Somali asylum seekers gather outside a hotel in Indonesia where they were placed after Australia turned back their boat

Indonesia’s Minister for Law and Human Rights Yasonna Laoly has described the Australian government’s decision to stop accepting refugees from Indonesia as a “burden”, but asylum seekers and activists in Jakarta tell Crikey that the system is already broken, with asylum seekers waiting years without resources in order to be resettled.

“Australia’s new policy can be seen as a challenge for Indonesia to realise its commitment to upholding human rights that apply to everyone without exception, including the right to seek asylum as set out in section 28G (2) of the constitution,” asylum seeker advocacy group Suaka said in a release. The civil rights network has criticised Australia’s decision, saying it adds to uncertainty for asylum seekers. “This policy is clearly contrary to the international obligations of Australia as a party to the 1951 Refugee Convention” said Febi Yonesta, chairperson of Suaka.

Immigration Minister Scott Morrison’s announcement that the government would no longer accept refugees who had registered with the United Nations refugee agency after July 1 this year has been met with outrage by the Greens and the opposition, and will further drag out a process that already takes years. Suaka says the policy will affect almost 2000 asylum seekers who registered with the UNHCR in Indonesia since July and will increase waiting times for those already registered.

Sunili Govinnage, an Australian lawyer who’s been volunteering to provide legal aid to asylum seekers in Indonesia since March last year, says the situation is “pretty bleak” for asylum seekers in Indonesia.

“The lack of the right to work means that people can end up destitute. The UNHCR’s implementing partner has a budget so limited that only around 300 people can access shelters, food support and healthcare. We know of families who go without meals, and over the last few months people have been self-surrendering to detention centres to try to find somewhere to stay,” she said.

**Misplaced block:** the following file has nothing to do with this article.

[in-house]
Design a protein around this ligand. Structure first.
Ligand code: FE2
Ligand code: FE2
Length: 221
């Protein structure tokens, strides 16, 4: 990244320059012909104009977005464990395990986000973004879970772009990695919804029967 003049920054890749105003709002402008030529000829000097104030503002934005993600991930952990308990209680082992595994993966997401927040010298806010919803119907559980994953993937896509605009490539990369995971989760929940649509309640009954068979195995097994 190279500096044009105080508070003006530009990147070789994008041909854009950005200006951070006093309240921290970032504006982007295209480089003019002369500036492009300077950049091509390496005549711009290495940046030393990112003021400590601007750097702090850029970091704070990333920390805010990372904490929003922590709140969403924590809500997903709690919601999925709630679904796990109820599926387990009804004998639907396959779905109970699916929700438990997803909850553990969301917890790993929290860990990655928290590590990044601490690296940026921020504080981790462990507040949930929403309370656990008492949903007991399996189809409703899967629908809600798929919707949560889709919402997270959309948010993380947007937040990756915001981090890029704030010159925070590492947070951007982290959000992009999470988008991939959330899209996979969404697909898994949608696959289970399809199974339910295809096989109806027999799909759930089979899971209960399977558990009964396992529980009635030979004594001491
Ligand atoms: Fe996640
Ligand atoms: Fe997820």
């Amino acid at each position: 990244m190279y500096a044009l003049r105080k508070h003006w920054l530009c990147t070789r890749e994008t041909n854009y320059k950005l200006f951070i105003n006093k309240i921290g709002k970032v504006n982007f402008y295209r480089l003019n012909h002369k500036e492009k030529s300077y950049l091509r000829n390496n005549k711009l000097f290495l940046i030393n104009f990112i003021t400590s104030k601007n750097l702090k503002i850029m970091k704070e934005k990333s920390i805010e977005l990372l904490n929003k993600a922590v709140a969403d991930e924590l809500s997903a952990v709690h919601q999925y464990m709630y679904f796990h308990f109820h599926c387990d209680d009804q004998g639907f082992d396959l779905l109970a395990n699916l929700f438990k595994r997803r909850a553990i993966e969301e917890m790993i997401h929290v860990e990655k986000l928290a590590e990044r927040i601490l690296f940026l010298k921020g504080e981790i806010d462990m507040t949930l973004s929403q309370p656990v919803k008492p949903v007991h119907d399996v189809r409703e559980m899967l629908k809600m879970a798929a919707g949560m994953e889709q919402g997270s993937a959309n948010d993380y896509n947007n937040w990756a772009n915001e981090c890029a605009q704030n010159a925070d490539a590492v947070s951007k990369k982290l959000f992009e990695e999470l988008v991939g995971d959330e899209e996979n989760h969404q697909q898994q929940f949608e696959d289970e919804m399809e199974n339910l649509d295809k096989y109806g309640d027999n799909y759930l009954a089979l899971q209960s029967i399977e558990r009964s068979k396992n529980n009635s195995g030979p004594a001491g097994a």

One asylum seeker from Pakistan living in Indonesia told Crikey he wanted to be living in immigration detention, partly to protect himself from people smugglers, who continue to try and make money off asylum seekers. He said that he had been pressured by people smugglers and offered a place on boats that smugglers claimed would go to Australia and New Zealand. They also tried to sell him an Indonesian passport. He says that he registered with the UNHCR earlier this year, with his first interview date set for 13 months from first contact.

According to Govinnage, this is just the start of a very long process. “Ultimately, you’re talking three to five years. And that’s after refugee status determination, which can take more than two years sometimes — the average waiting period from registration to first instance interview (i.e. not decision) currently ranges from between eight and 19 months.”

Australia’s decision will have a marked effect on wait times and conditions for asylum seekers, says Govinnage. “Last year around 898 people departed, with 808 going to Australia. To the end of October there were 587 people resettled, and 401 went to Australia.”

Australian filmmaker Jolyon Hoff, based in Jakarta, is also aware of asylum seekers who are only just getting by as they wait to be resettled in another country. “To get money it’s a kind of constant process of ringing family and extended family and asking and borrowing money; on the other hand, they live cheaply. I know one guy who lives on about $80 a month.”

“They just try and wait it out. The ones that run out of money, they’ll sell their mobile phone to get enough money to make it to the Indonesian detention centres.”

Hoff is in the early stages of making a film about asylum seekers living in the town of Cisarua, where some asylum seekers have set up a school.

“They’ve set up their own school to teach their own children. It’s just remarkable. They had 50 students, now they have 70 students for four to five hours a day.”

Hoff says the students have interacted with the Australian International school in Indonesia, telling them what the situation is like in Afghanistan.

“They came to the Australian school to do a performance, they came to us as people, they did this play and they did some dancing from Afghanistan and told us a little bit about life in Afghanistan, it was just — I mean, the kids were blown away, the parents and teachers were blown away. They had so much pride with who they were and what they had to offer. I was incredibly impressed.”

Peter Fray

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Peter Fray
Editor-in-chief of Crikey